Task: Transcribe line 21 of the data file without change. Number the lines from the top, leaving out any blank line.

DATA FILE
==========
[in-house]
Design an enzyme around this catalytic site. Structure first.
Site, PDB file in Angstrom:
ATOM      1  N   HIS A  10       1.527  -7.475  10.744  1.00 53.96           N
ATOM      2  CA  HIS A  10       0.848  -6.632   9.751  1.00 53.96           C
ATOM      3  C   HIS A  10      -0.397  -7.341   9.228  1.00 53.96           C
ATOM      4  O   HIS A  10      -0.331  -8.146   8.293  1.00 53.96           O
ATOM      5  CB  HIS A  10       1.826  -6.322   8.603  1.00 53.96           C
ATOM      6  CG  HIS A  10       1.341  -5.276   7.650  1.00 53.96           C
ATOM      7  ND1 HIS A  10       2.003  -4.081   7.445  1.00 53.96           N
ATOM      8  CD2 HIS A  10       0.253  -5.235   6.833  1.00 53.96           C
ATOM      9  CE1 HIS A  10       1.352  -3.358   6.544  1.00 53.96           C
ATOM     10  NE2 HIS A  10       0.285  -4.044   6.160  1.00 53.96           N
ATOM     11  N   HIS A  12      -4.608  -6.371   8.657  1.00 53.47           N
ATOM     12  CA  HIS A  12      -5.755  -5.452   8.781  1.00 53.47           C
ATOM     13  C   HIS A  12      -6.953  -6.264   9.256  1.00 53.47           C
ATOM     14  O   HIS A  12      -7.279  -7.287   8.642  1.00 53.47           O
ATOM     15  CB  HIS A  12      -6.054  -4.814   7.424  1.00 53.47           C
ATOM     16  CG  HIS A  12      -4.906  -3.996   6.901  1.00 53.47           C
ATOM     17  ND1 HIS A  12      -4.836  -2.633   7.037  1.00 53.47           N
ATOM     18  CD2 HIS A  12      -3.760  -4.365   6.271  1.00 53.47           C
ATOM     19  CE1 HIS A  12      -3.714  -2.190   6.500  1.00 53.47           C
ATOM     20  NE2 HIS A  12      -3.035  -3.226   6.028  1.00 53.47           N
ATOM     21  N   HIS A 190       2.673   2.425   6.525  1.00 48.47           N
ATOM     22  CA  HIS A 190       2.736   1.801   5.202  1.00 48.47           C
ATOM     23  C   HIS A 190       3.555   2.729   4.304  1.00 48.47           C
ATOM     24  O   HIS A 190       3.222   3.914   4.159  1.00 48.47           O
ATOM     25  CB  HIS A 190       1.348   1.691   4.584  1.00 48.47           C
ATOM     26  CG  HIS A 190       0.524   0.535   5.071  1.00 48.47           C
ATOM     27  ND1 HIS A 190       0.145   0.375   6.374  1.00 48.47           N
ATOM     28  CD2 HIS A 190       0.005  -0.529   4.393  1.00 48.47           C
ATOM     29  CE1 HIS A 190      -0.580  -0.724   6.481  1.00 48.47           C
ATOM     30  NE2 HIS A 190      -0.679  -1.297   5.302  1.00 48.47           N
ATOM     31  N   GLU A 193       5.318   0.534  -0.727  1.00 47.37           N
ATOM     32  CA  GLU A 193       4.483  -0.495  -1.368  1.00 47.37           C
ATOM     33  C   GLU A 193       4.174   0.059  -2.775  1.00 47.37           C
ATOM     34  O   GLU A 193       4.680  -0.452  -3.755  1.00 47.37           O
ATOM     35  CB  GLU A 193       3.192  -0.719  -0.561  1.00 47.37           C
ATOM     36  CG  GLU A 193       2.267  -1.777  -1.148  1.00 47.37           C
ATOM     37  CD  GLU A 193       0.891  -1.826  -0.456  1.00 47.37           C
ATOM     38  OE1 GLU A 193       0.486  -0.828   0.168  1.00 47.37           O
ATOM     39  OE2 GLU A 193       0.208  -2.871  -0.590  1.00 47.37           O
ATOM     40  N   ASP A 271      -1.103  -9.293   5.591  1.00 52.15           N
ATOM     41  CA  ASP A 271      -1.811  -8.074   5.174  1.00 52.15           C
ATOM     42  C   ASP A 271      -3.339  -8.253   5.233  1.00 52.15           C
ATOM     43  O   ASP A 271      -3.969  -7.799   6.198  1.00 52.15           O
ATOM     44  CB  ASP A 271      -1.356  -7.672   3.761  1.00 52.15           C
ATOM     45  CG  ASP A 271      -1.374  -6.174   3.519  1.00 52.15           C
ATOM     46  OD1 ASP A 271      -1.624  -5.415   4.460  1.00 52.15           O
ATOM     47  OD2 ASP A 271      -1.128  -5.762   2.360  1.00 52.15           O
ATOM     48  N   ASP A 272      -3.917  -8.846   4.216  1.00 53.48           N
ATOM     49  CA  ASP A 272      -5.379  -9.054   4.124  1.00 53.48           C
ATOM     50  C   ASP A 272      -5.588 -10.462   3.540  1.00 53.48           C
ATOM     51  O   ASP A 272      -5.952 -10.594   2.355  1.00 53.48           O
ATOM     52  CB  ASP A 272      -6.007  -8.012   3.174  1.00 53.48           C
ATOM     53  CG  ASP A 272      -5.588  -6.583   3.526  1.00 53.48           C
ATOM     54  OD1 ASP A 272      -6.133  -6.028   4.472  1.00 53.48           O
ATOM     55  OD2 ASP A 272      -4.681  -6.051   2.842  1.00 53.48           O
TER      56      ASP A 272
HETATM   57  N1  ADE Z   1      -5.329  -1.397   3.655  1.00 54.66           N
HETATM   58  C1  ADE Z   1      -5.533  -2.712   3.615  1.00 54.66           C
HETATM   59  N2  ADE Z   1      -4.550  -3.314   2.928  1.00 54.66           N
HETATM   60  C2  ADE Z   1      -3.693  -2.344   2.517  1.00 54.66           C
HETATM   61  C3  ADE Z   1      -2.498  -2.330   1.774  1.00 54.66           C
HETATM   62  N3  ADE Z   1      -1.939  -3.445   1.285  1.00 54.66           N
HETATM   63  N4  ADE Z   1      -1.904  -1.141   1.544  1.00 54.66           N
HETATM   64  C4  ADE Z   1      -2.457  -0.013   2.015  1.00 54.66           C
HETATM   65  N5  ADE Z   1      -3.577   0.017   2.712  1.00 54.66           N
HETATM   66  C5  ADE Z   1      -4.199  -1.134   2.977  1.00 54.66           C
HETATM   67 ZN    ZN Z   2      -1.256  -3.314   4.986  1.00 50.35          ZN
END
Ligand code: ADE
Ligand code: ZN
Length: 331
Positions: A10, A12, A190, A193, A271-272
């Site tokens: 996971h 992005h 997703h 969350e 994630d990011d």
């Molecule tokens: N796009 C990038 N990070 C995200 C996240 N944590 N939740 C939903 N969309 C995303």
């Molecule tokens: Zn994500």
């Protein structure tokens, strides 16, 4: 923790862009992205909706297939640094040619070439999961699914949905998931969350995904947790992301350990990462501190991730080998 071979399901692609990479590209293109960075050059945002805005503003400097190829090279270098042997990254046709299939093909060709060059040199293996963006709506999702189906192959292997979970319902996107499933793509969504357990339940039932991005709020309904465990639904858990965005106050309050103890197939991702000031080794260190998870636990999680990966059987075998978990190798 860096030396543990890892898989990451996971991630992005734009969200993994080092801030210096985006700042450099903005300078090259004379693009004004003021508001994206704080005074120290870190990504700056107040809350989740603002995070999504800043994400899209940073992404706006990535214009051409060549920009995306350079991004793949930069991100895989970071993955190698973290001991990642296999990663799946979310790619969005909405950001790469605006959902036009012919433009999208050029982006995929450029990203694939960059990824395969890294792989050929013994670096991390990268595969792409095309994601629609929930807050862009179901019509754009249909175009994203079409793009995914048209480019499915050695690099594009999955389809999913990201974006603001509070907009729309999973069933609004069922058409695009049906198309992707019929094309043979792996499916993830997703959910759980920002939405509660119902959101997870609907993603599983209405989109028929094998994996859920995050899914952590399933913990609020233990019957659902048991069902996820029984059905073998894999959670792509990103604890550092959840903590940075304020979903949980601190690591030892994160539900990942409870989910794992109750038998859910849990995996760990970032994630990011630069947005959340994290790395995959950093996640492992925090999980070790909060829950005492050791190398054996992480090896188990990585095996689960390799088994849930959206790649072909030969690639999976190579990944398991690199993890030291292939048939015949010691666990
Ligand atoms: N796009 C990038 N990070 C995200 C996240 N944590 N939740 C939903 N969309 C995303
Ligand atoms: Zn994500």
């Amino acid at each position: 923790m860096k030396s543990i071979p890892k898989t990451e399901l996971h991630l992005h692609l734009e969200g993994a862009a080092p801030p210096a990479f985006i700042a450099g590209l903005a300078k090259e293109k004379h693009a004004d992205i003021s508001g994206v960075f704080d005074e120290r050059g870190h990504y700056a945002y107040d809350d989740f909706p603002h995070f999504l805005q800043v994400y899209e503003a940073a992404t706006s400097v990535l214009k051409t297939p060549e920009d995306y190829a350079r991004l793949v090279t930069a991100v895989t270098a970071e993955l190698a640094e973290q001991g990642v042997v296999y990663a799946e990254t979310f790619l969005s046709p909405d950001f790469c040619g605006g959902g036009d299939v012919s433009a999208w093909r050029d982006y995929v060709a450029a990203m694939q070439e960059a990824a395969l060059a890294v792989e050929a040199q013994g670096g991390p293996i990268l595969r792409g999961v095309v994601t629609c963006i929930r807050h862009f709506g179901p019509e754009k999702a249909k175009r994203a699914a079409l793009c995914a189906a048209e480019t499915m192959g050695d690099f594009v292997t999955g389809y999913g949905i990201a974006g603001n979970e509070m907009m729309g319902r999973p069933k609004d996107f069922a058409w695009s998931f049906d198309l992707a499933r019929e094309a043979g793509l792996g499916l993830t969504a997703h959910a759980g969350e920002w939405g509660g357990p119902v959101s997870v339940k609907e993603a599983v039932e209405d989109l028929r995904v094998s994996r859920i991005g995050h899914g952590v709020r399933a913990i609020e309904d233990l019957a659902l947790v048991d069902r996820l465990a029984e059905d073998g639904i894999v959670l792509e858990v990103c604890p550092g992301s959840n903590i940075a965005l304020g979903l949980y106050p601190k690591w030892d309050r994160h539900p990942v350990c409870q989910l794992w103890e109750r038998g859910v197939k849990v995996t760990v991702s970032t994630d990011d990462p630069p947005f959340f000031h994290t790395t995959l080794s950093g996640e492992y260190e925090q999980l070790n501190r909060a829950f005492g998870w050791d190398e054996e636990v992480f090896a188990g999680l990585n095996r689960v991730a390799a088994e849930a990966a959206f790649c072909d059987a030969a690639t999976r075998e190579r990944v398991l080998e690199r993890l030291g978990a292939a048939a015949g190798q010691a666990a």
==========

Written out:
ATOM     18  CD2 HIS A  12      -3.760  -4.365   6.271  1.00 53.47           C